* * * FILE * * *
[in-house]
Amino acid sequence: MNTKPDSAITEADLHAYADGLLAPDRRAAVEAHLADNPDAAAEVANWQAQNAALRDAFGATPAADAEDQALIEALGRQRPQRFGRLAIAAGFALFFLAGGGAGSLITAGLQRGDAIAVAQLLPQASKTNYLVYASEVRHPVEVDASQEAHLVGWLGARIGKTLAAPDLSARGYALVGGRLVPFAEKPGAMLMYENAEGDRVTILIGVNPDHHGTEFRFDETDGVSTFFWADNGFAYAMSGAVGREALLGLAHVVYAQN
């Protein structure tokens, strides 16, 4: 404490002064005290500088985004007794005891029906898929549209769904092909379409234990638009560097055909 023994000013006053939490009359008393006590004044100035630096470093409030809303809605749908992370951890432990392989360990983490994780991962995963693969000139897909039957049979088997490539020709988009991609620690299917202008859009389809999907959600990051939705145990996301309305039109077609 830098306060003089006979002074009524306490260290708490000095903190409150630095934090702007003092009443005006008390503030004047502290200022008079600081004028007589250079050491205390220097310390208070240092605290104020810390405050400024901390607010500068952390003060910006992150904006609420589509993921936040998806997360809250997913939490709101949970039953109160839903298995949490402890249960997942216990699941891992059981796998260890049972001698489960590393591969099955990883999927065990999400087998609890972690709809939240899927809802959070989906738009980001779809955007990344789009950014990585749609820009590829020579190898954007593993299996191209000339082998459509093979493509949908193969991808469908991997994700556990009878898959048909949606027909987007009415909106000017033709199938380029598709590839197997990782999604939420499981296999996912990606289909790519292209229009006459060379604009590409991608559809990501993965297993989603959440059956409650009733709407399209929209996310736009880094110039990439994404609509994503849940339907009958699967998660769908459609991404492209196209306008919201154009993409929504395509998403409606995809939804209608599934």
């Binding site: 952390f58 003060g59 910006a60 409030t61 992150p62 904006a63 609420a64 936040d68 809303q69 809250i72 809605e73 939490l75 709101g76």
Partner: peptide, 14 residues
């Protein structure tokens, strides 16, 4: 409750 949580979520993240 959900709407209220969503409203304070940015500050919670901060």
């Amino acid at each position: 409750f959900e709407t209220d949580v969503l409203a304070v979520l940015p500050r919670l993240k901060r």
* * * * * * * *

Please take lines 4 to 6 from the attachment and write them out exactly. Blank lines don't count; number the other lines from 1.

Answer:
């Binding site: 952390f58 003060g59 910006a60 409030t61 992150p62 904006a63 609420a64 936040d68 809303q69 809250i72 809605e73 939490l75 709101g76």
Partner: peptide, 14 residues
């Protein structure tokens, strides 16, 4: 409750 949580979520993240 959900709407209220969503409203304070940015500050919670901060």